Yesterday I spent over $250 at Sprouts stocking my kitchen for my recommitment to a raw vegan diet (I don’t call myself “vegan,” because it really is just a diet thing). After two hours of “cooking” I managed to prepare some moderately fabulous vegan dishes. I’m still learning, and I don’t have all the right equipment just yet, so there’s a huge learning curve. I’m just glad the stuff I made is edible (I hope).
Cacao nibs, coconut oil and dates are new staples in my pantry. They replace high fat, low nutrition foods like butter, eggs and sugar. Ground nuts and seeds replace flour. This makes for some dense, highly nutritious foods packed with super foods for sustained energy.
But as I look at the fruits of my labors and the hit to my bank account, and realize that much of the food I bought is already used up and my yield amounted to just a day or two of food, I’m feeling a bit deflated.
I know I’m doing good for my body, and getting healthy is the most justifiable thing on which to spend my time and money.
Good nutrition comes at a price, and I’ve realized I need to restructure my life a little. Not only my budget, but also my attitude. It’s a lot easier (and cheaper!) to pop a Hot Pocket in the microwave, or better yet, stop by the Taco Bell drive thru on my way home from work. I need to cleanse my palate of all those processed foods, but more importantly, I need to cleanse my thinking. I need to just suck it up and realize that my days of drive thru eating are over.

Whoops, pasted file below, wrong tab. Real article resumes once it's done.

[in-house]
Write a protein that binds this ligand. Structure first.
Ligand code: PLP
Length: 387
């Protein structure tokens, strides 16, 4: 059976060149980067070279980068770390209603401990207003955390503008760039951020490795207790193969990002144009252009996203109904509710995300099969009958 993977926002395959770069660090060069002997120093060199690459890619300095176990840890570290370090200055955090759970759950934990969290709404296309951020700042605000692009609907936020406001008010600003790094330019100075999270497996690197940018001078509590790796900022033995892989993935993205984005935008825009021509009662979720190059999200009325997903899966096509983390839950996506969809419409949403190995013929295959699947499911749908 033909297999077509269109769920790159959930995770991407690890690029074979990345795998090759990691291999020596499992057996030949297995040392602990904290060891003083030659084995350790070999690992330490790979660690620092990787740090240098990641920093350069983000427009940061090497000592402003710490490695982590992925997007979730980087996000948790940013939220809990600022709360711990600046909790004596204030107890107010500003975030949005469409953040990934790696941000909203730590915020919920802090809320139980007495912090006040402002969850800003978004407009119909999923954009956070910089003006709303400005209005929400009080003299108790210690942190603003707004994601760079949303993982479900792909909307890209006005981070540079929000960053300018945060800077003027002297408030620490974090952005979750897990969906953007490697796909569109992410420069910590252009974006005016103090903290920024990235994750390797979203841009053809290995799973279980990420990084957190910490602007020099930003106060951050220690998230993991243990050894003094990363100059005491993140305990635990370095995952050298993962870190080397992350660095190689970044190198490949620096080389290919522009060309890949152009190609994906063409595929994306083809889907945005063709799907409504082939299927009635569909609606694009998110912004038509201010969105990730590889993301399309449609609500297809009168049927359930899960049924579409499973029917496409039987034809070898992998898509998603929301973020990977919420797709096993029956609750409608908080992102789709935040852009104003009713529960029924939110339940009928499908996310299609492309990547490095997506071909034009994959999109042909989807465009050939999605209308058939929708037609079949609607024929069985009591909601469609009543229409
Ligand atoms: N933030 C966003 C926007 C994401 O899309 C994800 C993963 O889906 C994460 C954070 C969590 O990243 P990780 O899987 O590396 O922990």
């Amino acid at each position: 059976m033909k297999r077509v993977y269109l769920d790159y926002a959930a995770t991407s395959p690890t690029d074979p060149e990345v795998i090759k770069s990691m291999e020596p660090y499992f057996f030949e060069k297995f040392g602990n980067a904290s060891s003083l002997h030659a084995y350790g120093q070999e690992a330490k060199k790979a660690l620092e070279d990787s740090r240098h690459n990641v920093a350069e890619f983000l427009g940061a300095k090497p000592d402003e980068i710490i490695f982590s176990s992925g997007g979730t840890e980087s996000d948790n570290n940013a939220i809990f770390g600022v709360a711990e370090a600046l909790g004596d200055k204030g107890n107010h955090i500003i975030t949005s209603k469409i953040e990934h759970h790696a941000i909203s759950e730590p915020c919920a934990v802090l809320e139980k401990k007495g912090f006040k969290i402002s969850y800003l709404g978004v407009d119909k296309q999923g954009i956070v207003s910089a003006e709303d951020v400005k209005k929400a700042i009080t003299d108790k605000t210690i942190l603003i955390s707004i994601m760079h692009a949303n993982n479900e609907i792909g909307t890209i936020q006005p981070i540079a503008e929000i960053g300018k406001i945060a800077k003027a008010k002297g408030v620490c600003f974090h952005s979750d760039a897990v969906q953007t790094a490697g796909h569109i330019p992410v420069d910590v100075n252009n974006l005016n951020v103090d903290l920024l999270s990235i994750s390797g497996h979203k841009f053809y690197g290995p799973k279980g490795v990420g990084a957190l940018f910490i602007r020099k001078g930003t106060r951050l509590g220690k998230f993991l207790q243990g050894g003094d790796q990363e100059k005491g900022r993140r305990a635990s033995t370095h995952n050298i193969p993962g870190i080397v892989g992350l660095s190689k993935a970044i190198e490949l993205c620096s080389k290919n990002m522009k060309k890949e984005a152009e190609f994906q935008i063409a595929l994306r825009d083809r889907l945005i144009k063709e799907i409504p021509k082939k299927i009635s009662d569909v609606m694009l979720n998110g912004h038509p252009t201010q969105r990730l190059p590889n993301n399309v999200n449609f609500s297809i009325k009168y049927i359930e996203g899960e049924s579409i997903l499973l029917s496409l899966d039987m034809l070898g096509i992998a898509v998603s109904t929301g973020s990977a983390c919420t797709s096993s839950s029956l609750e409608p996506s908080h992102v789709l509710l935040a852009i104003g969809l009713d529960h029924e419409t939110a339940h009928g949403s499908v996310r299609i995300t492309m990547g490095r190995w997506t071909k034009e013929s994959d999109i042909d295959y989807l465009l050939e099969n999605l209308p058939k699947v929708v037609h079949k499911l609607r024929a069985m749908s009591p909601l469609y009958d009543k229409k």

This made me think about all the other “drive thru” habits we have in this fast-paced world. What other type of overly processed and minimally beneficial things have we settled for in the interest of convenience?
We go to church on Sunday and rush out the doors the moment it is over, thinking of errands to run or games to watch on TV, and we miss out on fellowshipping with other believers.
We pray in the car or in the shower just to check it off the list or in the hope of getting our needs met, but we never spend time with God.
We set our kids in front of video games, iPhones and tablets, and then wonder why they get in trouble at school or we are unable to connect with them.
We satisfy our need for social interaction with a quick Facebook message or a text.
Over the last year I have been trying to make my life inconvenient as part of my mission to make my life more meaningful and fulfilling. I’ve strived to go vegan, limit my kids’ time on electronics, take time every day to talk to God, develop relationships at church and outside of church, and make actual phone calls.
I can’t say I’ve been perfect at it, or even good at it. It’s so easy to slip back into old habits. I realized this about a week ago when I looked in the mirror and noticed I’d put on at least 10 pounds. That “one time” trip to Taco Bell turned into another, and then another. Then my life got busier and busier and I saw the other stuff start to slide beneath the rug as I run about being busy all the time, but never really getting much accomplished.
So today I am recommitted to a life of inconvenience. I’m slowing down, taking inventory, and getting rid of the unimportant things I don’t have time for, so that I will have time for the important things.
I encourage you to do the same. It won’t be easy and there will be a transition period of reprogramming your brain. But the results are worth it. I’ve done it before, so I know I can do it. So can you.
If you are with me, like this post or comment. I’d love to hear what steps you are taking toward a more inconvenient, and more fulfilling life.
By the way, if you are considering going raw vegan or even just incorporating some vegan dishes into your diet, check out this amazing blog: http://www.thisrawsomeveganlife.com/ These delicious, decadent recipes will make giving up processed food a breeze.